“Musical theater also teaches the art of collaboration,” Lauren adds.  “Whether students remain in musical theater or not, they have gained the insight that an incredible product takes the efforts of all types of individuals – each contributing their own talents and expertise.”

YOU ARE NOT WEIRD

At one point, the group begins to imagine what they would say if they could go back in time and offer advice to their former high school selves.

“Keep embracing who you are and what you love,” Brandon declares.  “And find the people that love it as much as you do.”

Kirsten adds, “You are not weird. You are gifted. Don’t let anyone ever tell you that the joy you find in theater is silly. It is hard, absolutely. It is a hustle. But if you love it, if it brings you joy, do it. Work hard, never stop learning, never stop teaching.”

“Trust your work and never stray from what you find to be meaningful in this business,” says Jared.

“I think I would tell myself to have lots of fun, keep asking questions, and continue to explore as many sides of theater as possible,” says Allison.  “Going backstage at The 5th during the Awards was such a cool eye-opener…In college, I tried stage managing, directing, wardrobe, stage crew, and discovered applied theater—using theater for education, social justice, reminiscence work…My world opened up and theater became something so much bigger than I’d ever imagined.”


Heartfelt thanks to our title sponsor WELLS FARGO and to THE BOEING COMPANY and ALASKA AIRLINES for their additional support of this program.

Click here to learn more about The 5th Ave Awards and for a list of this year’s nominees.

The 2017 Tony Award Nominations and The 5th!

By DAVID ARMSTRONG, Executive Producer and Artistic Director

As always, there are many connections this season between the shows and artists that are nominated for Tony Awards and The 5th Avenue Theatre.

Come From Away PC Matthew Murphy

310 - Ian Eisendrath, Caitlin Warbelow and Ben Power. Photo by Chris Bennion.

Topping the list, of course, is Best Musical nominee Come From Away.  We are so proud to have co-produced with Seattle Rep the developmental lab production of this show as part of our New Works Program — and there are many, many other 5th Avenue connections as well: The show’s Music Supervisor is our own Resident Music Director Ian Eisendrath, ably assisted by Chris Ranney, who is a regular at The 5th. Several long-time 5th Avenue favorites are featured in the cast including Kendra Kassebaum, Rodney Hicks, and Chad Kimball. Continue reading “The 2017 Tony Award Nominations and The 5th!”

Our Mission: One-of-a-Kind Collaborations

Did you know that The 5th Avenue Theatre and ACT Theatre share an artistic collaboration unlike any other in the country? For the past seven years, our two cornerstones of Seattle’s cultural landscape have partnered to co-produce one musical each year, including First Date which went straight to Broadway. Continue reading “Our Mission: One-of-a-Kind Collaborations”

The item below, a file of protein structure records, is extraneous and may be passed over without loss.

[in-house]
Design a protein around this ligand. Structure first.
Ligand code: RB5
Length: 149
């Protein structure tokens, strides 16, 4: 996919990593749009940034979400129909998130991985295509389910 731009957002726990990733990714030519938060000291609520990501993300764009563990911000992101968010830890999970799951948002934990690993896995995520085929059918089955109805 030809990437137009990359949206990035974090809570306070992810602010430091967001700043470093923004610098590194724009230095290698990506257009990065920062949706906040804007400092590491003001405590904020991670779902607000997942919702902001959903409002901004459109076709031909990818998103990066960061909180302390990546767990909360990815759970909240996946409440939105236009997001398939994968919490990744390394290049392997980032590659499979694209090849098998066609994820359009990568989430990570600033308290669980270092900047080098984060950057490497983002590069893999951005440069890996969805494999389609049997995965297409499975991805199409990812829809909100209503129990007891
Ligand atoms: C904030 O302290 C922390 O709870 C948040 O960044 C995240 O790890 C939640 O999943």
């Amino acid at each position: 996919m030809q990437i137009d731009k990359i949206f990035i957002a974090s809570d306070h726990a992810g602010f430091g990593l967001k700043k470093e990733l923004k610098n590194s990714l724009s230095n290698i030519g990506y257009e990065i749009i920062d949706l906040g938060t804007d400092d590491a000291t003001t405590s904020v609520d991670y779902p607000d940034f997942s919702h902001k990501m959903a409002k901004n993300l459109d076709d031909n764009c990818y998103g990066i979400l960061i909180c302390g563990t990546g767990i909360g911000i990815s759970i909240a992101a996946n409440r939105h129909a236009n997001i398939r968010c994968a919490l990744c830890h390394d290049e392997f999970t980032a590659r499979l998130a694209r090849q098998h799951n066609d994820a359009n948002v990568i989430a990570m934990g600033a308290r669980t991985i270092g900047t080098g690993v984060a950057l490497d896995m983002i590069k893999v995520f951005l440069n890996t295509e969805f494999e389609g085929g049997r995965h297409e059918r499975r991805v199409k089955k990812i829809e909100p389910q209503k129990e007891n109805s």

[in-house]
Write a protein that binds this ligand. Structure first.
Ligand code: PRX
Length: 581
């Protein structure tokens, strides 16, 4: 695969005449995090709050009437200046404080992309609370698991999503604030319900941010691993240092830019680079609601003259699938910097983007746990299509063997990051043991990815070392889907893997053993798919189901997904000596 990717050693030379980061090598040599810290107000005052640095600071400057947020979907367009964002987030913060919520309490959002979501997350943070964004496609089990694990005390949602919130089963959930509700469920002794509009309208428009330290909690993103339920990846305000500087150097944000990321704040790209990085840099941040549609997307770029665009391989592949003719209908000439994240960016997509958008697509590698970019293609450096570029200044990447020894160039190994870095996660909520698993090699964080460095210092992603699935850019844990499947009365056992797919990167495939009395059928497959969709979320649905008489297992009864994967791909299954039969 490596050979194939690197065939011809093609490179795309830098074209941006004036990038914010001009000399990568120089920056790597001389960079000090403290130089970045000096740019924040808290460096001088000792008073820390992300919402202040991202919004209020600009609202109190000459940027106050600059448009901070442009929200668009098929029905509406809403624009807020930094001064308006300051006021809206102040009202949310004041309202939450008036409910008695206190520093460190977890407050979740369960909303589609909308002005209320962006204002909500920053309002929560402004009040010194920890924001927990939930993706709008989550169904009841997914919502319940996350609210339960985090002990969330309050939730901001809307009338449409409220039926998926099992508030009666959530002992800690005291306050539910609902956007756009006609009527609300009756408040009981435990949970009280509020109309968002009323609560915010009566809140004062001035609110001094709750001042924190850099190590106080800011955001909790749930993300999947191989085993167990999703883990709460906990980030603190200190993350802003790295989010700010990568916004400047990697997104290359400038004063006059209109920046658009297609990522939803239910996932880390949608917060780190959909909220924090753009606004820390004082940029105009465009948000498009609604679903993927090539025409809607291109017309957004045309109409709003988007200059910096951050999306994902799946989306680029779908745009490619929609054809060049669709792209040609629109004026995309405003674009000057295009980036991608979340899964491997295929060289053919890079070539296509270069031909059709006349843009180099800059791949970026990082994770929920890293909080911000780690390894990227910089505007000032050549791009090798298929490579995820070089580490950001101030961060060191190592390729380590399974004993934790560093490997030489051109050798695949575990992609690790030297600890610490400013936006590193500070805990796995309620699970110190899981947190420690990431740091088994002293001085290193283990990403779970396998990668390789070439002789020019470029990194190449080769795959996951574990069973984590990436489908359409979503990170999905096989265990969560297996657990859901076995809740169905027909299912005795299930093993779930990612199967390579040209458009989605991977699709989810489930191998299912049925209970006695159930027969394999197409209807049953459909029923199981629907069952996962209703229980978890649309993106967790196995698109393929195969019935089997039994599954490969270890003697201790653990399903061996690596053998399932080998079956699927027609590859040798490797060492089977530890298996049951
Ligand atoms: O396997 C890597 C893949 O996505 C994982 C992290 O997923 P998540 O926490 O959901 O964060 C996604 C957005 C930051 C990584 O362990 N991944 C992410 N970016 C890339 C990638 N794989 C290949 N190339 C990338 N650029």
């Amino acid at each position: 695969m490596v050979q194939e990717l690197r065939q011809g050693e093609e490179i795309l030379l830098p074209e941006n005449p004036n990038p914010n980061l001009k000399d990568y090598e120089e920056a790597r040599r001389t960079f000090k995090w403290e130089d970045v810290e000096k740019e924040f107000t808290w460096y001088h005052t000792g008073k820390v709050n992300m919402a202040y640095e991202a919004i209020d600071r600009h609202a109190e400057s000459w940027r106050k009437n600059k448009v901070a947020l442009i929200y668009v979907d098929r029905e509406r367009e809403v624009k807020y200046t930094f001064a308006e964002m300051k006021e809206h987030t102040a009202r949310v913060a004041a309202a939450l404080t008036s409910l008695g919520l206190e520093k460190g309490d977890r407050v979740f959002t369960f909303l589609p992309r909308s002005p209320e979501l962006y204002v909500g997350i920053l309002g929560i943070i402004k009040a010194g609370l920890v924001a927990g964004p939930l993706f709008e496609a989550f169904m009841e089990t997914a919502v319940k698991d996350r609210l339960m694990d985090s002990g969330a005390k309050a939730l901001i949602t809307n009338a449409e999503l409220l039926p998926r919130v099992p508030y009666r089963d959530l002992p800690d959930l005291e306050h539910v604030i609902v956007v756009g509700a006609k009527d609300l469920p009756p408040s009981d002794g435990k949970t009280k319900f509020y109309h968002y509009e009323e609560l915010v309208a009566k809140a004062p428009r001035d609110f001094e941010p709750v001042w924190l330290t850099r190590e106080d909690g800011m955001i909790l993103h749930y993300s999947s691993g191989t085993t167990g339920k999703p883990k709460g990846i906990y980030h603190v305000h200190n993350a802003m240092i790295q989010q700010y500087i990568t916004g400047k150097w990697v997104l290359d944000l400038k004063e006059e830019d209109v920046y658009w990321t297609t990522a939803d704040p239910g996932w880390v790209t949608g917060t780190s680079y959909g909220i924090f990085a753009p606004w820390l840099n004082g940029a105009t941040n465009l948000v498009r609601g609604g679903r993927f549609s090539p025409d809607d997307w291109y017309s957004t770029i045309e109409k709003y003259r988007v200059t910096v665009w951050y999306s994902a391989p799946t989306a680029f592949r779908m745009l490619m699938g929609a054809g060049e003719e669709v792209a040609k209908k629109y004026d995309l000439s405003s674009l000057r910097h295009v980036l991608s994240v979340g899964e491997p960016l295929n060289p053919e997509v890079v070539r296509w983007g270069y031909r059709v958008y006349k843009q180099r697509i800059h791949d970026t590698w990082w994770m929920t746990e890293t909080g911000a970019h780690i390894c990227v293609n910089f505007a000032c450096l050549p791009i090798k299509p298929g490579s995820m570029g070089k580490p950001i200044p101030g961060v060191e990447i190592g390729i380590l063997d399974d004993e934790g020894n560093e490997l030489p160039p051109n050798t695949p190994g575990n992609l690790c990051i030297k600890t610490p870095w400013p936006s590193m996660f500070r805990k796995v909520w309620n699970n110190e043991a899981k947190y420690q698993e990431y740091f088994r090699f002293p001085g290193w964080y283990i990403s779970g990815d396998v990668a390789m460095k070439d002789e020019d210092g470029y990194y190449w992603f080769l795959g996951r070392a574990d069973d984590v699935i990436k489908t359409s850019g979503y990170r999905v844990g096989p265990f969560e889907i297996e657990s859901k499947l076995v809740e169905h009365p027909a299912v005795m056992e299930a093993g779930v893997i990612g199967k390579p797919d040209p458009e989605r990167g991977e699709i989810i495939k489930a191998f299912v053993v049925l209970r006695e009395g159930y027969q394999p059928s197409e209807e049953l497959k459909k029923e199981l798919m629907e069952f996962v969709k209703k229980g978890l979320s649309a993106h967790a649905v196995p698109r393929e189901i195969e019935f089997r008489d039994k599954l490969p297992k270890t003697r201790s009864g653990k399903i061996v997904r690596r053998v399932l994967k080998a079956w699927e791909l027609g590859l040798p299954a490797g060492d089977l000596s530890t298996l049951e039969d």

Accessibility at The 5th

Did you know that The 5th has sign language interpreted performances? How about Braille programs? Or large print programs, audio described performances, assistive listening devices, captioned performances, and wheelchair seats? All of these are true! At The 5th Avenue Theatre, we are committed to making our theater as accessible as possible for all of our guests. In pursuit of that goal, we are constantly expanding our offerings. Read below to find out more about each of these services, and to be directed to more information.

American Sign Language-Interpreted Performances

We have an ASL-interpreted performance for each production that we present, usually the last Sunday evening of the production run. Ticket prices for ASL performances vary based on seating location close to the ASL interpreters. Click here to find out more and learn how to purchase tickets. Continue reading “Accessibility at The 5th”

This Is 90: The 5th Commemorates the Anniversary of Our 1926 Opening

Compiled by JORDAN LUSINK, Communications Coordinator

THIS FALL, THE 5TH CELEBRATES ITS 90TH BIRTHDAY. Since the beautiful, historic theater opened in 1926, The 5th has reinvented itself several times, leading the nation today as a home for musical theater.

Our historic location was modeled after three of Imperial China’s most spectacular architectural achievements: the Forbidden City, the Temple of Heavenly Peace and the Summer Palace. Designed and built a year before Grauman’s Chinese Theater in Hollywood, The 5th has been called “the largest and most authentic example of traditional Chinese timber architecture and decoration outside of Asia.” From the lotus blossoms and phoenixes to the dragons featured throughout the interior—most notably the Great Dragon in the dome of the theater—The 5th has been celebrated for its exquisite design and authenticity.

Continue reading “This Is 90: The 5th Commemorates the Anniversary of Our 1926 Opening”

The 5th Generates $27 Million a Year for the Local Economy

Originally published on Puget Sound Business Journal on September 7, 2016
By Patti Payne, Columnist at Puget Sound Business Journal

The 5th Avenue Theatre, one of the nation’s leading musical theater companies, has significant economic impact on the Seattle area. A numbers study done by the theater, in partnership with the University of Washington’s Foster School of Business, indicates that The 5th infuses $27.3 million annually into the local economy.

For every dollar spent on tickets, an additional 73 cents is spent on a variety of goods and services in King County, amounting to $13.3 million in the 2015-16 season. Continue reading “The 5th Generates $27 Million a Year for the Local Economy”